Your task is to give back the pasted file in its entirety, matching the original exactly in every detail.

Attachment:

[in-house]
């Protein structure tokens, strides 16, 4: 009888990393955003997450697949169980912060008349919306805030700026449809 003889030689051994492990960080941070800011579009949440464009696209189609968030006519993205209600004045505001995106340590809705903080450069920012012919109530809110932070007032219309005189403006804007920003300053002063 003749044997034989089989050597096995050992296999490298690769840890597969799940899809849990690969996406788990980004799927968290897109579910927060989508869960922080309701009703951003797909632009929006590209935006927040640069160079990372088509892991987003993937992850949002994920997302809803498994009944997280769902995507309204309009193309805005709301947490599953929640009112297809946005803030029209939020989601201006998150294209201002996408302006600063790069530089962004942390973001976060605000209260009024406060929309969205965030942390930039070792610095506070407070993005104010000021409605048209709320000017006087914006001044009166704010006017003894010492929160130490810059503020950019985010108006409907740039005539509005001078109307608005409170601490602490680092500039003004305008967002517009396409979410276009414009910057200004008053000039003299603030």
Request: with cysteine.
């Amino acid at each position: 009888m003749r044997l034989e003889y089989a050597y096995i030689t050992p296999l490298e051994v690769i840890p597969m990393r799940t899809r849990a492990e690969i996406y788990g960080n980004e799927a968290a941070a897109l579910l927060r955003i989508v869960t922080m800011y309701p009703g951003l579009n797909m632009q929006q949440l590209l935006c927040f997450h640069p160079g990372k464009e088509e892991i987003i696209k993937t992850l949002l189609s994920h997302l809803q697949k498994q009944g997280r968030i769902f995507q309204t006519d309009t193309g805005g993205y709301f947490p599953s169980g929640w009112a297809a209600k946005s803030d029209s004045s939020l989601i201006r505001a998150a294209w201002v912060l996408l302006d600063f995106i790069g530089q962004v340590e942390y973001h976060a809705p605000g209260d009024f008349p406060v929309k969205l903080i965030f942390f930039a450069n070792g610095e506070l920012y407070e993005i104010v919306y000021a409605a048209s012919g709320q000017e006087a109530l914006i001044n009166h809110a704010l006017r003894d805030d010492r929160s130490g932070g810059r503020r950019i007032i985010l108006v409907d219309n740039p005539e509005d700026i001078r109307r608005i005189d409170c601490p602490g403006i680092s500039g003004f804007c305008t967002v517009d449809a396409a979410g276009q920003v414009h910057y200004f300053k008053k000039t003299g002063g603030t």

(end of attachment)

[in-house]
């Protein structure tokens, strides 16, 4: 009888990393955003997450697949169980912060008349919306805030700026449809 003889030689051994492990960080941070800011579009949440464009696209189609968030006519993205209600004045505001995106340590809705903080450069920012012919109530809110932070007032219309005189403006804007920003300053002063 003749044997034989089989050597096995050992296999490298690769840890597969799940899809849990690969996406788990980004799927968290897109579910927060989508869960922080309701009703951003797909632009929006590209935006927040640069160079990372088509892991987003993937992850949002994920997302809803498994009944997280769902995507309204309009193309805005709301947490599953929640009112297809946005803030029209939020989601201006998150294209201002996408302006600063790069530089962004942390973001976060605000209260009024406060929309969205965030942390930039070792610095506070407070993005104010000021409605048209709320000017006087914006001044009166704010006017003894010492929160130490810059503020950019985010108006409907740039005539509005001078109307608005409170601490602490680092500039003004305008967002517009396409979410276009414009910057200004008053000039003299603030």
Request: with cysteine.
């Amino acid at each position: 009888m003749r044997l034989e003889y089989a050597y096995i030689t050992p296999l490298e051994v690769i840890p597969m990393r799940t899809r849990a492990e690969i996406y788990g960080n980004e799927a968290a941070a897109l579910l927060r955003i989508v869960t922080m800011y309701p009703g951003l579009n797909m632009q929006q949440l590209l935006c927040f997450h640069p160079g990372k464009e088509e892991i987003i696209k993937t992850l949002l189609s994920h997302l809803q697949k498994q009944g997280r968030i769902f995507q309204t006519d309009t193309g805005g993205y709301f947490p599953s169980g929640w009112a297809a209600k946005s803030d029209s004045s939020l989601i201006r505001a998150a294209w201002v912060l996408l302006d600063f995106i790069g530089q962004v340590e942390y973001h976060a809705p605000g209260d009024f008349p406060v929309k969205l903080i965030f942390f930039a450069n070792g610095e506070l920012y407070e993005i104010v919306y000021a409605a048209s012919g709320q000017e006087a109530l914006i001044n009166h809110a704010l006017r003894d805030d010492r929160s130490g932070g810059r503020r950019i007032i985010l108006v409907d219309n740039p005539e509005d700026i001078r109307r608005i005189d409170c601490p602490g403006i680092s500039g003004f804007c305008t967002v517009d449809a396409a979410g276009q920003v414009h910057y200004f300053k008053k000039t003299g002063g603030t």